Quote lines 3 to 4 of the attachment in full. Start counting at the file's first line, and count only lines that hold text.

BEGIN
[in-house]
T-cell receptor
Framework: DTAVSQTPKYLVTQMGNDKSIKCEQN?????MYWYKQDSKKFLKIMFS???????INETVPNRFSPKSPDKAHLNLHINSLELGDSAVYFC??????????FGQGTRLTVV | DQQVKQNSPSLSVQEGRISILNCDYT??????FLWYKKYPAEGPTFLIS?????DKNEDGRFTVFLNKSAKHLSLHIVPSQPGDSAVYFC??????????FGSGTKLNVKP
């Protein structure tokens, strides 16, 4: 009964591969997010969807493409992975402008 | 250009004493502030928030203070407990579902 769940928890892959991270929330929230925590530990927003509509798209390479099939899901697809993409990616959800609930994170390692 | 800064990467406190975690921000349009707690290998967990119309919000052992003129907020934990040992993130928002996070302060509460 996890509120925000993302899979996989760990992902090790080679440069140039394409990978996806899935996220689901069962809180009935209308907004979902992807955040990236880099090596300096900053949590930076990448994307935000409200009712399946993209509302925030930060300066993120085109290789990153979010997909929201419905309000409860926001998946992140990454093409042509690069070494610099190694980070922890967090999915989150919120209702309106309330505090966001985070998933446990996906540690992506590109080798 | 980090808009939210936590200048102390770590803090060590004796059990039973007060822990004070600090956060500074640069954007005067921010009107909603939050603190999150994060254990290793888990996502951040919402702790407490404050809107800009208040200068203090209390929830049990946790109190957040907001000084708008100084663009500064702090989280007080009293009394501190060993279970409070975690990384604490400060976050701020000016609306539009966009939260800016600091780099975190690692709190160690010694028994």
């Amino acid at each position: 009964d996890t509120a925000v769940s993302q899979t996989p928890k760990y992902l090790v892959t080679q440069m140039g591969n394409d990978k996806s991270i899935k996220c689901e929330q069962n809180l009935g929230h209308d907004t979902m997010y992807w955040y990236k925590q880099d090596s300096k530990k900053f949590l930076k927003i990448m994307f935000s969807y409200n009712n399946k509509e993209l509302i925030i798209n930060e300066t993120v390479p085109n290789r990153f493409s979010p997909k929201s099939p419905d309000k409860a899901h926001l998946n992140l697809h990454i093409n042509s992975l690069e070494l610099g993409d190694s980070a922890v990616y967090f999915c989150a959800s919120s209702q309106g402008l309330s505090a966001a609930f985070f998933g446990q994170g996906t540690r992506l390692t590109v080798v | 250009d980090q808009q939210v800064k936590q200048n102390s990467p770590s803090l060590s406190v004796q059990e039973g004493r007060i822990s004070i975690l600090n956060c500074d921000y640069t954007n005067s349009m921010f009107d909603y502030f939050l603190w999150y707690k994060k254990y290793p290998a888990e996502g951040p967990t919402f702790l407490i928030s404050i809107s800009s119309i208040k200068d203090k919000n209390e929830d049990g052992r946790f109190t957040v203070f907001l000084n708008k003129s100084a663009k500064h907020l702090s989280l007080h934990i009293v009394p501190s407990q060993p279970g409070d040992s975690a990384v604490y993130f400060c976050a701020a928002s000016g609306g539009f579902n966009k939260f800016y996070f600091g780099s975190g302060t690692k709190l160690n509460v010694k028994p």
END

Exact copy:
Framework: DTAVSQTPKYLVTQMGNDKSIKCEQN?????MYWYKQDSKKFLKIMFS???????INETVPNRFSPKSPDKAHLNLHINSLELGDSAVYFC??????????FGQGTRLTVV | DQQVKQNSPSLSVQEGRISILNCDYT??????FLWYKKYPAEGPTFLIS?????DKNEDGRFTVFLNKSAKHLSLHIVPSQPGDSAVYFC??????????FGSGTKLNVKP
């Protein structure tokens, strides 16, 4: 009964591969997010969807493409992975402008 | 250009004493502030928030203070407990579902 769940928890892959991270929330929230925590530990927003509509798209390479099939899901697809993409990616959800609930994170390692 | 800064990467406190975690921000349009707690290998967990119309919000052992003129907020934990040992993130928002996070302060509460 996890509120925000993302899979996989760990992902090790080679440069140039394409990978996806899935996220689901069962809180009935209308907004979902992807955040990236880099090596300096900053949590930076990448994307935000409200009712399946993209509302925030930060300066993120085109290789990153979010997909929201419905309000409860926001998946992140990454093409042509690069070494610099190694980070922890967090999915989150919120209702309106309330505090966001985070998933446990996906540690992506590109080798 | 980090808009939210936590200048102390770590803090060590004796059990039973007060822990004070600090956060500074640069954007005067921010009107909603939050603190999150994060254990290793888990996502951040919402702790407490404050809107800009208040200068203090209390929830049990946790109190957040907001000084708008100084663009500064702090989280007080009293009394501190060993279970409070975690990384604490400060976050701020000016609306539009966009939260800016600091780099975190690692709190160690010694028994």